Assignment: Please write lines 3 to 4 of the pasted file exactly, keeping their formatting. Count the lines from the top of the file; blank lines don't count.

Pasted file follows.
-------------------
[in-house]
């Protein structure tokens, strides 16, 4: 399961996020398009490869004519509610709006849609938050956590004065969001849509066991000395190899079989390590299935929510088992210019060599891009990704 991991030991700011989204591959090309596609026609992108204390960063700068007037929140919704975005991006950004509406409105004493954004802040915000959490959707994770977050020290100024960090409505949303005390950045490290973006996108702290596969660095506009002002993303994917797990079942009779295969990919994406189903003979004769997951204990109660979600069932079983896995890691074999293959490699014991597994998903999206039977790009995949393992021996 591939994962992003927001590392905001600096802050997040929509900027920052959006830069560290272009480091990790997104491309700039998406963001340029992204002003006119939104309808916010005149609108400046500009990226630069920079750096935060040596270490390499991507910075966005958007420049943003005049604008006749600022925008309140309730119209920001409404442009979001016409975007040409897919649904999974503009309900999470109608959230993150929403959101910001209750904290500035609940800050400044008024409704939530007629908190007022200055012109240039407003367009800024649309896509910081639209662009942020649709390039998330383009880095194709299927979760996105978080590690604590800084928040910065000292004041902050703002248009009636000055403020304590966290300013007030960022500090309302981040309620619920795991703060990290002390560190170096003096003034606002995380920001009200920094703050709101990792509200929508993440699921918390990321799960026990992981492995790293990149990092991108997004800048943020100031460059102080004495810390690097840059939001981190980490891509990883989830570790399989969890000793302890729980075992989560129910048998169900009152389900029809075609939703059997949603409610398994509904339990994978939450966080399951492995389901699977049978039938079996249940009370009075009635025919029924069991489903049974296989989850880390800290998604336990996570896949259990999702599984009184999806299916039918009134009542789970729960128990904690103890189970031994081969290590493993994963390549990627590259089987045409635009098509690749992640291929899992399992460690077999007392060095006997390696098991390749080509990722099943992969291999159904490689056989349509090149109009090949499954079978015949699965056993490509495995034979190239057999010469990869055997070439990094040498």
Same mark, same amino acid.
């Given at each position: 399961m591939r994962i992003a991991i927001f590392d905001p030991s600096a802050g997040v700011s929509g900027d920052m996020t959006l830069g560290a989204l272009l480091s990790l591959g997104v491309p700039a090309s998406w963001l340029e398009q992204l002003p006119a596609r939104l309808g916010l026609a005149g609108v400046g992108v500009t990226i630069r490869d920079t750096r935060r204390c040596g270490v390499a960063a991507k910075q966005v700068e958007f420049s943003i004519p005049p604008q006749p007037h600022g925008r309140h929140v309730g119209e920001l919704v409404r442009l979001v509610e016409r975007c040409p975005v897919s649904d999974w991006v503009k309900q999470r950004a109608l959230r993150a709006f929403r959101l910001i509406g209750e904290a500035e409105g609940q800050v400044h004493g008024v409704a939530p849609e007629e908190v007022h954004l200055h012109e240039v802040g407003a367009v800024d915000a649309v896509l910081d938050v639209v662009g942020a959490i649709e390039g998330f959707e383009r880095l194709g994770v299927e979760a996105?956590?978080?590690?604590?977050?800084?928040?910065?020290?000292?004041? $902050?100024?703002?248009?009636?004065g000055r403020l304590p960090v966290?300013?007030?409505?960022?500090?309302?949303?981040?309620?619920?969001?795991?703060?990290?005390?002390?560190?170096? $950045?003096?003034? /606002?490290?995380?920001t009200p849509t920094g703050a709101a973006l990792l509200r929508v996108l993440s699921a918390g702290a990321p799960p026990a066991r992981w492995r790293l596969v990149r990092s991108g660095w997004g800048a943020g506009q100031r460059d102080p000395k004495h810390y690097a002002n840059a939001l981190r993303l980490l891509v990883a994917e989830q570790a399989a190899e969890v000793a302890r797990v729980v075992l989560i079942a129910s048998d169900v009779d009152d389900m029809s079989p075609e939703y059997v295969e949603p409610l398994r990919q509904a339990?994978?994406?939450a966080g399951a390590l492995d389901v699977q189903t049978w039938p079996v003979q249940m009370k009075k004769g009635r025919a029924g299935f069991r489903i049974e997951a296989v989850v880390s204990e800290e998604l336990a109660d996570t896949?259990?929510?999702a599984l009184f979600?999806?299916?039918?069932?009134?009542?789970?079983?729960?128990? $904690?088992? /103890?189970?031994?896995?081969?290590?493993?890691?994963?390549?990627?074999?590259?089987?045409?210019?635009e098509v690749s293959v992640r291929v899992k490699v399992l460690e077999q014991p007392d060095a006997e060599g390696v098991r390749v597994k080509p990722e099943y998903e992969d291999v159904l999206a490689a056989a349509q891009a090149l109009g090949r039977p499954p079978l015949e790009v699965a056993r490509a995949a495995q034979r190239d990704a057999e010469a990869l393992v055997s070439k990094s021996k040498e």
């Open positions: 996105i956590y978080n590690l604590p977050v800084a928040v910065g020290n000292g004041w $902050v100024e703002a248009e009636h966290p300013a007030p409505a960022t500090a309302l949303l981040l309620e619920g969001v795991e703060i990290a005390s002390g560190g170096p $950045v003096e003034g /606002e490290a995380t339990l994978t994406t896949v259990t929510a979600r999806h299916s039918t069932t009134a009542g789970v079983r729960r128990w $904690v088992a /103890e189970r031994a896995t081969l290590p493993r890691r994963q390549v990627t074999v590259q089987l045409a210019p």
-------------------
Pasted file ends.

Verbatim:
Same mark, same amino acid.
């Given at each position: 399961m591939r994962i992003a991991i927001f590392d905001p030991s600096a802050g997040v700011s929509g900027d920052m996020t959006l830069g560290a989204l272009l480091s990790l591959g997104v491309p700039a090309s998406w963001l340029e398009q992204l002003p006119a596609r939104l309808g916010l026609a005149g609108v400046g992108v500009t990226i630069r490869d920079t750096r935060r204390c040596g270490v390499a960063a991507k910075q966005v700068e958007f420049s943003i004519p005049p604008q006749p007037h600022g925008r309140h929140v309730g119209e920001l919704v409404r442009l979001v509610e016409r975007c040409p975005v897919s649904d999974w991006v503009k309900q999470r950004a109608l959230r993150a709006f929403r959101l910001i509406g209750e904290a500035e409105g609940q800050v400044h004493g008024v409704a939530p849609e007629e908190v007022h954004l200055h012109e240039v802040g407003a367009v800024d915000a649309v896509l910081d938050v639209v662009g942020a959490i649709e390039g998330f959707e383009r880095l194709g994770v299927e979760a996105?956590?978080?590690?604590?977050?800084?928040?910065?020290?000292?004041? $902050?100024?703002?248009?009636?004065g000055r403020l304590p960090v966290?300013?007030?409505?960022?500090?309302?949303?981040?309620?619920?969001?795991?703060?990290?005390?002390?560190?170096? $950045?003096?003034? /606002?490290?995380?920001t009200p849509t920094g703050a709101a973006l990792l509200r929508v996108l993440s699921a918390g702290a990321p799960p026990a066991r992981w492995r790293l596969v990149r990092s991108g660095w997004g800048a943020g506009q100031r460059d102080p000395k004495h810390y690097a002002n840059a939001l981190r993303l980490l891509v990883a994917e989830q570790a399989a190899e969890v000793a302890r797990v729980v075992l989560i079942a129910s048998d169900v009779d009152d389900m029809s079989p075609e939703y059997v295969e949603p409610l398994r990919q509904a339990?994978?994406?939450a966080g399951a390590l492995d389901v699977q189903t049978w039938p079996v003979q249940m009370k009075k004769g009635r025919a029924g299935f069991r489903i049974e997951a296989v989850v880390s204990e800290e998604l336990a109660d996570t896949?259990?929510?999702a599984l009184f979600?999806?299916?039918?069932?009134?009542?789970?079983?729960?128990? $904690?088992? /103890?189970?031994?896995?081969?290590?493993?890691?994963?390549?990627?074999?590259?089987?045409?210019?635009e098509v690749s293959v992640r291929v899992k490699v399992l460690e077999q014991p007392d060095a006997e060599g390696v098991r390749v597994k080509p990722e099943y998903e992969d291999v159904l999206a490689a056989a349509q891009a090149l109009g090949r039977p499954p079978l015949e790009v699965a056993r490509a995949a495995q034979r190239d990704a057999e010469a990869l393992v055997s070439k990094s021996k040498e």